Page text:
Insuring your company from employee theft is a unique form of coverage, different from loss caused by fire, flood, or even break and entry. Very few executives understand how it works, which is why so many legitimate claims are rejected each year.
If your facility is damaged by fire, water or forced entry, the physical evidence is apparent. It is essentially a matter for the insured to document the damage, tally the destroyed or missing inventory, and notify the insurance company. When it comes to documenting internal theft, however, you’re dealing with significantly different variables.
To begin with, your alarm system will not be going off in the middle of the night providing you with immediate notification that you’ve been victimized. Internal theft is a silent predator, normally taking place for months, and sometimes even years, before management becomes aware of its existence.
Another difference is the lack of readily available physical evidence that clearly proves the loss was caused by dishonest personnel. Most firms come to the realization that they are missing product only after receiving troublesome inventory reports or a confidential tip. Some warehousing executives wrongfully assume that inventory loss is the result of an operational problem, such as a software glitch, product mis-selections, or counting errors by inventory personnel, and the theft continues.
When management finally does become convinced that their loss is dishonesty related, they are faced with the difficult task of uncovering and documenting it. Unfortunately, this is not simply a matter of taking photographs of for example, water-damaged inventory. After all, it is hard to photograph product that has vanished.
It is safe to say that your insurance company will not be running to your door with a check simply because you notify them that you’ve been victimized by internal theft.
Most policies state that an insured must provide independent proof, in addition to a profit and loss statement, or inventory report, that corroborates that the theft was, in fact, committed by company employees. Consequently, the firm incurring the loss has the responsibility of performing an investigation and compiling evidence that proves that one or more employees stole the missing inventory. Without this independent corroboration, your financial computations alone simply will not count for much.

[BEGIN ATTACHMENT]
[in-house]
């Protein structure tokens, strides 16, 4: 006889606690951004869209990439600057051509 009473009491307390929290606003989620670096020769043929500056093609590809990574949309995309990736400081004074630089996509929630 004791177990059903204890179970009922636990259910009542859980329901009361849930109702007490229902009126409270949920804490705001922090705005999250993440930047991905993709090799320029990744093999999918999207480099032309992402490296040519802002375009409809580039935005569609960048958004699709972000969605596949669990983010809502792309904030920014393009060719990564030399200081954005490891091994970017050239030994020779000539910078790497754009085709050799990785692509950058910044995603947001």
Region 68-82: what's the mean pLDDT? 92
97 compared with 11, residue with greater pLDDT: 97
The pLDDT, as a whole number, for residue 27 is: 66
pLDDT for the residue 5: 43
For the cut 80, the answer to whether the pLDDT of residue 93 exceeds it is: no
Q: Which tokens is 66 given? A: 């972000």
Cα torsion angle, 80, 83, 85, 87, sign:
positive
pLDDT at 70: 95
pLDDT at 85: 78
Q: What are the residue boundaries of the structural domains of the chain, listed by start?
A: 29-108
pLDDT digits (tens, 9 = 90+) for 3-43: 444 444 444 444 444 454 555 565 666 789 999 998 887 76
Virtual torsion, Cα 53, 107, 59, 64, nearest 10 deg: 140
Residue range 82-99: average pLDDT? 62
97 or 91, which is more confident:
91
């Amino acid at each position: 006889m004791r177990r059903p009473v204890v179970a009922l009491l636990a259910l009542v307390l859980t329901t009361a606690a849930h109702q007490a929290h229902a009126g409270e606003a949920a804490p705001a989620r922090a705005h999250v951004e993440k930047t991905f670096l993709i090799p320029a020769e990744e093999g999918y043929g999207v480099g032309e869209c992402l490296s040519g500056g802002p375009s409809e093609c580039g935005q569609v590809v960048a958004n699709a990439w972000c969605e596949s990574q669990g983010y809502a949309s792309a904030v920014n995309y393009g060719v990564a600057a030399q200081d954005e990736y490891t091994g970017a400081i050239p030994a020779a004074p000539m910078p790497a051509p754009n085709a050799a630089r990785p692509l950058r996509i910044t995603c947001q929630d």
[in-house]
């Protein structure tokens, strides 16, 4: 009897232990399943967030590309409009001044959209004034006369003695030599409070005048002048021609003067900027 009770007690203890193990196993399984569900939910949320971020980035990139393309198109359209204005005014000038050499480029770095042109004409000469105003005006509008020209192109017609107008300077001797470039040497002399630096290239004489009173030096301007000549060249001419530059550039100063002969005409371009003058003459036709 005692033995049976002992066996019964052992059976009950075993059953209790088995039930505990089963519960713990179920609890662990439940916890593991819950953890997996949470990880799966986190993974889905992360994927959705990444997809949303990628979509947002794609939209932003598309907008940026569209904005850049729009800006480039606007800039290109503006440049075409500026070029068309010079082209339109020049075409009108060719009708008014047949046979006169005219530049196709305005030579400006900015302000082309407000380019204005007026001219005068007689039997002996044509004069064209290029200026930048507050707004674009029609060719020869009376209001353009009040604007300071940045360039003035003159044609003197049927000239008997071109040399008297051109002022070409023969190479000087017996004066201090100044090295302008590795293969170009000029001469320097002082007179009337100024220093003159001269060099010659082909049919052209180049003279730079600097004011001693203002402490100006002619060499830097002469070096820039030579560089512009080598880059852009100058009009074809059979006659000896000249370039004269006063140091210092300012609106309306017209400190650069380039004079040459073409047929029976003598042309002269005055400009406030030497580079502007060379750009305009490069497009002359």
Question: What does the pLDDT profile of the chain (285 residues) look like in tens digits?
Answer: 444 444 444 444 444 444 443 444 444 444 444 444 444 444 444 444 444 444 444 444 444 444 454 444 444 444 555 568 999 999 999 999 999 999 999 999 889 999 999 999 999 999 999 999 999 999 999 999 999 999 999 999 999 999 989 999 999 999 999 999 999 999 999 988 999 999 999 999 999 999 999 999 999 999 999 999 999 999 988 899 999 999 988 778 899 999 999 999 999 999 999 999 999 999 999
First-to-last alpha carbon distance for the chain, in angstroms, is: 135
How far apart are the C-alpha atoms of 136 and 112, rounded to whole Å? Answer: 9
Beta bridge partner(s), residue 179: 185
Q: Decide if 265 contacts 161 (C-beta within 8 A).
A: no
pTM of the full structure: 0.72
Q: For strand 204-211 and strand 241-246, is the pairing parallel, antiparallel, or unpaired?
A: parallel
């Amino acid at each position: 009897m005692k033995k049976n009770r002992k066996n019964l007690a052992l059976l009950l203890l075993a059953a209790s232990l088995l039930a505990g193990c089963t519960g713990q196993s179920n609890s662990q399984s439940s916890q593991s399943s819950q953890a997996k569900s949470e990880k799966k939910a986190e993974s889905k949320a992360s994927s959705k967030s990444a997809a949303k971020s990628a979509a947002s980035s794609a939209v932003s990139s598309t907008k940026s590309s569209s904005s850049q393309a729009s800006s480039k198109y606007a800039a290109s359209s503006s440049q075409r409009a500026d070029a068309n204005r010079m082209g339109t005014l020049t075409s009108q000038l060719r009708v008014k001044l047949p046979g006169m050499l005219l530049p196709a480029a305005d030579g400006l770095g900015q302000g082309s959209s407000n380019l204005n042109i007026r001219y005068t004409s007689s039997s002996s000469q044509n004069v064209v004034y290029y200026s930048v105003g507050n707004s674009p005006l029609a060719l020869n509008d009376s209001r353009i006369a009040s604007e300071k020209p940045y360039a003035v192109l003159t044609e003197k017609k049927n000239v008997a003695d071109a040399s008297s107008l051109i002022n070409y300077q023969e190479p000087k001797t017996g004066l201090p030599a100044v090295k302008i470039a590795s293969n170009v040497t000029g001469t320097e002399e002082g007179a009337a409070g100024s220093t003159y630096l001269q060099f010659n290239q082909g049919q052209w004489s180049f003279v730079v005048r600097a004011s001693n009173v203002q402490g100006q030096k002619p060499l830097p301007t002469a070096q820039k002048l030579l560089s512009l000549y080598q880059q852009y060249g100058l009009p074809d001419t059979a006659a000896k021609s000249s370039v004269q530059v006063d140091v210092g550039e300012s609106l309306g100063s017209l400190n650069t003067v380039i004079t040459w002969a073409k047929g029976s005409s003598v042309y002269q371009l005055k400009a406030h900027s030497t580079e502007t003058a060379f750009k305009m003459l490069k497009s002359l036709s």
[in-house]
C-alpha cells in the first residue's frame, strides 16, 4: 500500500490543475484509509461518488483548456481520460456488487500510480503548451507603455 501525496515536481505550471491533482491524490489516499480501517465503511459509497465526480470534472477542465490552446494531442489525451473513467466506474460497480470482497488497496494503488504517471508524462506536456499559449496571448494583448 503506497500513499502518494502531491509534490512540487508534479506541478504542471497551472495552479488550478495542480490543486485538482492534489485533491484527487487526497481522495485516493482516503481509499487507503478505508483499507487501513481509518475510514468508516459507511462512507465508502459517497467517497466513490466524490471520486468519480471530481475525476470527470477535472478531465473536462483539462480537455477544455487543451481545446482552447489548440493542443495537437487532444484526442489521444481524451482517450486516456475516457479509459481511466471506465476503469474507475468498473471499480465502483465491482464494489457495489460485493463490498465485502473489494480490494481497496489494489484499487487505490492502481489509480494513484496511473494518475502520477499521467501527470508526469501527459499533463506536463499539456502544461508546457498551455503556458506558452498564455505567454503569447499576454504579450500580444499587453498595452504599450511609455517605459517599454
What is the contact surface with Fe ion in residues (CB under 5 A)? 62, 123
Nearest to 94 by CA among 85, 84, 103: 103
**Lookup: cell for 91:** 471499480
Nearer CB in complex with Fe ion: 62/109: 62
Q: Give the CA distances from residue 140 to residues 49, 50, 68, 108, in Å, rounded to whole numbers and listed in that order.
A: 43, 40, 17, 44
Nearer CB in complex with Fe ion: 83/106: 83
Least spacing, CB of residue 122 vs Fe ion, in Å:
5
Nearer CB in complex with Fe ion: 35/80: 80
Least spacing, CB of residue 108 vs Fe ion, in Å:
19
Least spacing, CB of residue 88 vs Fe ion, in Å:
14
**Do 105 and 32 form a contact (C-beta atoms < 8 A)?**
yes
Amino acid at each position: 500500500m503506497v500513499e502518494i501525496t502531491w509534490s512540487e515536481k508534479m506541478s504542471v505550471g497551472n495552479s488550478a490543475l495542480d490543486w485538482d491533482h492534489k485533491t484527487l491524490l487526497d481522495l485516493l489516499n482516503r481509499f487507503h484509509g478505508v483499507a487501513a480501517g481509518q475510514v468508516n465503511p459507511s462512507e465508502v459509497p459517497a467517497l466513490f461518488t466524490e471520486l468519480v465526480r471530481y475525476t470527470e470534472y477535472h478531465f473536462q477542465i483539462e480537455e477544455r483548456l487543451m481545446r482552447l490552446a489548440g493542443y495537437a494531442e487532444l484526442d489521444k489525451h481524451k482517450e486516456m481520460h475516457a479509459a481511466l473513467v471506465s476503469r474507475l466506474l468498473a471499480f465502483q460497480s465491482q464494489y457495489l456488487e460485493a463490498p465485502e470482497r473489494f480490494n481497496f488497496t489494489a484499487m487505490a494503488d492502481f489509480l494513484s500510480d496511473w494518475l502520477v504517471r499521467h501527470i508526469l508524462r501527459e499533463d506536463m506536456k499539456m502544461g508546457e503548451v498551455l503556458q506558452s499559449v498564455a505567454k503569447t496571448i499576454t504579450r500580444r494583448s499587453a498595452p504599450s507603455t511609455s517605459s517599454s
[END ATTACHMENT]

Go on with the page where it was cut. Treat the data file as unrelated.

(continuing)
When properly prepared, and in conjunction with accurate financial computations, these forms of corroboration put the odds in your favor of having an inventory theft claim honored by your insurance company.
Undercover Reports – Factual observations made by a professional investigator working alongside company thieves.
Video Evidence – New technology makes it possible to conceal cameras inside smoke detectors, sprinkler heads and wall clocks, virtually undetectable.
Covert Surveillance Reports – Investigators who witness employees removing product from your warehouse or truck drivers delivering product to unauthorized locations.
Admissions of Guilt – Confession statements must be properly prepared and witnessed so it is clear that dishonest workers made their admissions without any duress, undue influence or coercion of any type.